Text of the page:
Synology PSIRT (Product Security Incident Response Team) has recently received reports on an increase in brute-force attacks against Synology devices.
Synology’s security researchers believe the botnet is primarily driven by a malware family called “StealthWorker”. The advisory says that PSIRT has seen no indication of the malware exploiting any software vulnerabilities.
StealthWorker Botnet Attacks
Researchers from Akamai first spotted this malware in June 2020. Written in Golang, Stealthworker is capable of running brute force attacks against several popular web services and platforms including, cPanel / WHM, WordPress, Drupal, Joomla, OpenCart, Magento, MySQL, PostgreSQL, Brixt, SSH, and FTP.
Additionally, the malware will also search for backup files and administrator login paths. Synology says that devices infected by the malware may carry out additional attacks on other Linux-based devices, including Synology NAS, and that the malicious payloads may include ransomware.
“These attacks leverage a number of already infected devices to try and guess common administrative credentials, and if successful, will access the system to install its malicious payload, which may include ransomware”, according to Synology.
Devices infected may carry out additional attacks on other Linux-based devices, including Synology NAS.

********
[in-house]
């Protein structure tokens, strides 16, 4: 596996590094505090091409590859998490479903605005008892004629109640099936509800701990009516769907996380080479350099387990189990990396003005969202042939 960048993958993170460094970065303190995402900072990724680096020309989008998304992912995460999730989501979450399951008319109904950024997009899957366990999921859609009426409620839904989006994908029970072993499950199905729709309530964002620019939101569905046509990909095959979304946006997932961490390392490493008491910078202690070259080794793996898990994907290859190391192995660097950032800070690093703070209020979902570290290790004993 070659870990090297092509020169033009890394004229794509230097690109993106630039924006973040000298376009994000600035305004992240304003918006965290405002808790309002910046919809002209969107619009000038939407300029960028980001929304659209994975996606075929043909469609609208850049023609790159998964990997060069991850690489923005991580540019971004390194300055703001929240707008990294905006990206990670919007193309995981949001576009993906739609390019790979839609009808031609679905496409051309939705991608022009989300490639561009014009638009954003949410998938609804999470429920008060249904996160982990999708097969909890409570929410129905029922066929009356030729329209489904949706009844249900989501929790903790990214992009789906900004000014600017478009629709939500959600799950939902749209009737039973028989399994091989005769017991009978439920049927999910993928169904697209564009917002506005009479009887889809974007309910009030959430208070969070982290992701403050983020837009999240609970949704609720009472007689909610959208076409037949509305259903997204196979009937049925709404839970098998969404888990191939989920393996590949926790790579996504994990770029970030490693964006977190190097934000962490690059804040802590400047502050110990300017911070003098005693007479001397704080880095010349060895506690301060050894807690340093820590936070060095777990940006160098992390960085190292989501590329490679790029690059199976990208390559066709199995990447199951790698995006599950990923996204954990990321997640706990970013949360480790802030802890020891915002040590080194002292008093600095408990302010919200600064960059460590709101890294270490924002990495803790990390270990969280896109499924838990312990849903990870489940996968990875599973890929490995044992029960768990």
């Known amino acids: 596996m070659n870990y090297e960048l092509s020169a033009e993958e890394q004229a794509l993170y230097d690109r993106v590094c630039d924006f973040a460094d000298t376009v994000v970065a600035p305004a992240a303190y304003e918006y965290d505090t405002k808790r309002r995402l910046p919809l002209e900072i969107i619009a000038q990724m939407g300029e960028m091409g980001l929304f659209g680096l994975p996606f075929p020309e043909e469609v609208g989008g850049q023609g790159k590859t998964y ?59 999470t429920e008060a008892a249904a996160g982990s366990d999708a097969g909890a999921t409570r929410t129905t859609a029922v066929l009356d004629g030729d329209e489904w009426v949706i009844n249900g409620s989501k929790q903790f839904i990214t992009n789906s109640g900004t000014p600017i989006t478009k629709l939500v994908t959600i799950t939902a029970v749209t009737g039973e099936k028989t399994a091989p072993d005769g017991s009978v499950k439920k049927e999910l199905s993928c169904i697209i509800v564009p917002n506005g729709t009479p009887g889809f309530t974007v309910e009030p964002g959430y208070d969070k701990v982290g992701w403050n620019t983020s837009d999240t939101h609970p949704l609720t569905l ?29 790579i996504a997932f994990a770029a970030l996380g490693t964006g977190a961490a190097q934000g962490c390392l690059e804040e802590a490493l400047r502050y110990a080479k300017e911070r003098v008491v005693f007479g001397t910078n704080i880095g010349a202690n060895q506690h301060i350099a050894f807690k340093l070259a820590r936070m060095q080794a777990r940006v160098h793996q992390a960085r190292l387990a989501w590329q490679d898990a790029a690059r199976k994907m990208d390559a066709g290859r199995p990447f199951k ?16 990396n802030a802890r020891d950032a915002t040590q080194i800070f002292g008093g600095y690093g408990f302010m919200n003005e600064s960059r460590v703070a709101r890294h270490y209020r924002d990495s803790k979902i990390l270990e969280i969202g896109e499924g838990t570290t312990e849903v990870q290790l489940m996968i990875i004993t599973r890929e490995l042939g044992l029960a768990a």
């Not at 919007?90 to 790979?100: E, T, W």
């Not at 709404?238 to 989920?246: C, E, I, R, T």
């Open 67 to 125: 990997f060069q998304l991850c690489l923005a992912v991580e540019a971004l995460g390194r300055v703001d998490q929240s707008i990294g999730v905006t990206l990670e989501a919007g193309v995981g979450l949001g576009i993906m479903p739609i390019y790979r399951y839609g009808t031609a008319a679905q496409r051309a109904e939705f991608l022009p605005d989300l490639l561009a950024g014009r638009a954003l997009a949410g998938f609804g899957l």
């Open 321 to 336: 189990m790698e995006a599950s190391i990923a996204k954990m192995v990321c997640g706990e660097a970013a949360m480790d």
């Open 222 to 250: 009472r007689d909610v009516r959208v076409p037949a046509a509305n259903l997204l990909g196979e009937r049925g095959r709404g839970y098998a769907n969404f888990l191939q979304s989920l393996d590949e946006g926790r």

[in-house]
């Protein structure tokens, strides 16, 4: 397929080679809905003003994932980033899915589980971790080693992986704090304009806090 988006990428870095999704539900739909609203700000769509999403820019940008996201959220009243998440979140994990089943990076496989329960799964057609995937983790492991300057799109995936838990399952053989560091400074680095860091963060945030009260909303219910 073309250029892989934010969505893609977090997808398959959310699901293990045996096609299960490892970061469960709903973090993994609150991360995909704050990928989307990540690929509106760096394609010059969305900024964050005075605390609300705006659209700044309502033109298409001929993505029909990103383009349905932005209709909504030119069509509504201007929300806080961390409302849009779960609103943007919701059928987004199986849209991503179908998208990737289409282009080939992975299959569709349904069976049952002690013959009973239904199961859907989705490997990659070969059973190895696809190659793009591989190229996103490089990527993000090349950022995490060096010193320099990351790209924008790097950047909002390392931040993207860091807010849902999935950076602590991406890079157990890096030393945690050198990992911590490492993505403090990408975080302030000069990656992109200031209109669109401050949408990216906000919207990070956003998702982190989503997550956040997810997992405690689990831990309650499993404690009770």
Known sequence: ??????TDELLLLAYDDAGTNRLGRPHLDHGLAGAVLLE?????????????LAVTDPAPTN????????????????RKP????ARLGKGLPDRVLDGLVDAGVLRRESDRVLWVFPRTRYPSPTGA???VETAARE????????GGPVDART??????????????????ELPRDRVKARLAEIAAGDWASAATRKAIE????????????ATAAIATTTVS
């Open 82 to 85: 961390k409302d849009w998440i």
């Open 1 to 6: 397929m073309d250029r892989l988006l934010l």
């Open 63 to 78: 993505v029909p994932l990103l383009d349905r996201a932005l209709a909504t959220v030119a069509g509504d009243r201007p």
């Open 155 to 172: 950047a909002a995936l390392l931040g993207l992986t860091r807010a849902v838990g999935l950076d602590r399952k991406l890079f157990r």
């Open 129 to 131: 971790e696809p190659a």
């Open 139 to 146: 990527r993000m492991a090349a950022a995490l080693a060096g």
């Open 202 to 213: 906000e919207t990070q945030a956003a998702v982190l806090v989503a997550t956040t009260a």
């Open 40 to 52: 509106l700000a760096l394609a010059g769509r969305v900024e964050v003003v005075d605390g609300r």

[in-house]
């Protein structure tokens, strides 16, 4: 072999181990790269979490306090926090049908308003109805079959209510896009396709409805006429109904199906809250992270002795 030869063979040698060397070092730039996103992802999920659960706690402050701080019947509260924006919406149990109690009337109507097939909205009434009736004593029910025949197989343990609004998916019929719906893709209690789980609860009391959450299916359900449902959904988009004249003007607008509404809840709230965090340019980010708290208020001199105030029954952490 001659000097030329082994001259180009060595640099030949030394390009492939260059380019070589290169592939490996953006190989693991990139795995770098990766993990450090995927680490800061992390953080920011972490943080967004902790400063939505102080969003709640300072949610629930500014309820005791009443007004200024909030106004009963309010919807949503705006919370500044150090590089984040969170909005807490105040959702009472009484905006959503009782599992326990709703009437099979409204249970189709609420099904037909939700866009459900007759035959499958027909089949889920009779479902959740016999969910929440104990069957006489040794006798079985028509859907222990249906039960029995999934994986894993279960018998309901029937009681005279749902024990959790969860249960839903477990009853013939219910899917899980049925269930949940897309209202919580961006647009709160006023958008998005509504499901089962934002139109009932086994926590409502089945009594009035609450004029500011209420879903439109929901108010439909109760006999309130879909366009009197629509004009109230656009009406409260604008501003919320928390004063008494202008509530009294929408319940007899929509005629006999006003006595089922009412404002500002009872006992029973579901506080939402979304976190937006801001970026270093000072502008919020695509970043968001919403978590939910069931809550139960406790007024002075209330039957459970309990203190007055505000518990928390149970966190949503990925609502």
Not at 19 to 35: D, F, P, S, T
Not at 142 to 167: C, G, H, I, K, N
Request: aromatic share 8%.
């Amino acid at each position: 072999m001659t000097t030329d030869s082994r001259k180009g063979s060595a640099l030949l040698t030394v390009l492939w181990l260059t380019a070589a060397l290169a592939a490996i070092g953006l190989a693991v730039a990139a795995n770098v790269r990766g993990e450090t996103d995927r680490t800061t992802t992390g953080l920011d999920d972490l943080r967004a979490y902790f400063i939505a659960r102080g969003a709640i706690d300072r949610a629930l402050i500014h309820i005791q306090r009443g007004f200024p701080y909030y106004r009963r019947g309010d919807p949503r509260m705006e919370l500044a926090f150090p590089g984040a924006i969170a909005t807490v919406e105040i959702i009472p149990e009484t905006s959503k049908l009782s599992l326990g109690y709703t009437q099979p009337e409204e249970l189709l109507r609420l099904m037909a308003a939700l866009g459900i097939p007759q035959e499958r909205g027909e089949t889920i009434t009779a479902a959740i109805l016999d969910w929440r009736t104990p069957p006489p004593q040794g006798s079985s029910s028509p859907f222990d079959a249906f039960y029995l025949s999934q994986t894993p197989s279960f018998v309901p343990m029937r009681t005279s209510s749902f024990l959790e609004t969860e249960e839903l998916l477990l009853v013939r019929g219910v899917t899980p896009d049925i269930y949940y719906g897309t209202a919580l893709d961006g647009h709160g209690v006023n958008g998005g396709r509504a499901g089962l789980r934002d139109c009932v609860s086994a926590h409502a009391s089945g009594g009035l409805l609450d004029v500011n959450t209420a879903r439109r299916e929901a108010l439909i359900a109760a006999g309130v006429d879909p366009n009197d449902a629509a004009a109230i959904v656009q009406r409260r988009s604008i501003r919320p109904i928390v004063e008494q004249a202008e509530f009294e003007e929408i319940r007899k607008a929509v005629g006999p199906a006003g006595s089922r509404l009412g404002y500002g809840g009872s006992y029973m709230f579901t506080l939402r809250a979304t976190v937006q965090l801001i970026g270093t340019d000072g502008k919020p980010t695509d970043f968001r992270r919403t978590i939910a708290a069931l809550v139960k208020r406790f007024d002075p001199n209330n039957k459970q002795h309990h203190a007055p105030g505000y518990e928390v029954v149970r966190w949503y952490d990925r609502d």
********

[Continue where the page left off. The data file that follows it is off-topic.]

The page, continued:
As a result, the company is coordinating with multiple CERT organizations worldwide to take down the botnet’s infrastructure by shutting down all detected command-and-control (C2) servers.
How To Defend Against These Attacks
To defend their NAS devices against attacks:
- Apply strong password
- Disable the default admin account
- Enable Auto Block in Control Panel to block IP addresses with too many failed login attempts.
- Run Security Advisor to make sure there is no weak password in the system.
- Stay up to date and enable notifications
Synology advises to enable Firewall in Control Panel and only allow public ports for services when necessary, and enable 2-step verification to prevent unauthorized login attempts. Therefore, the company strongly recommends all system administrators check their systems for weak administrative credentials, enable autoblock and account protection, and set up multi-step authentication where applicable.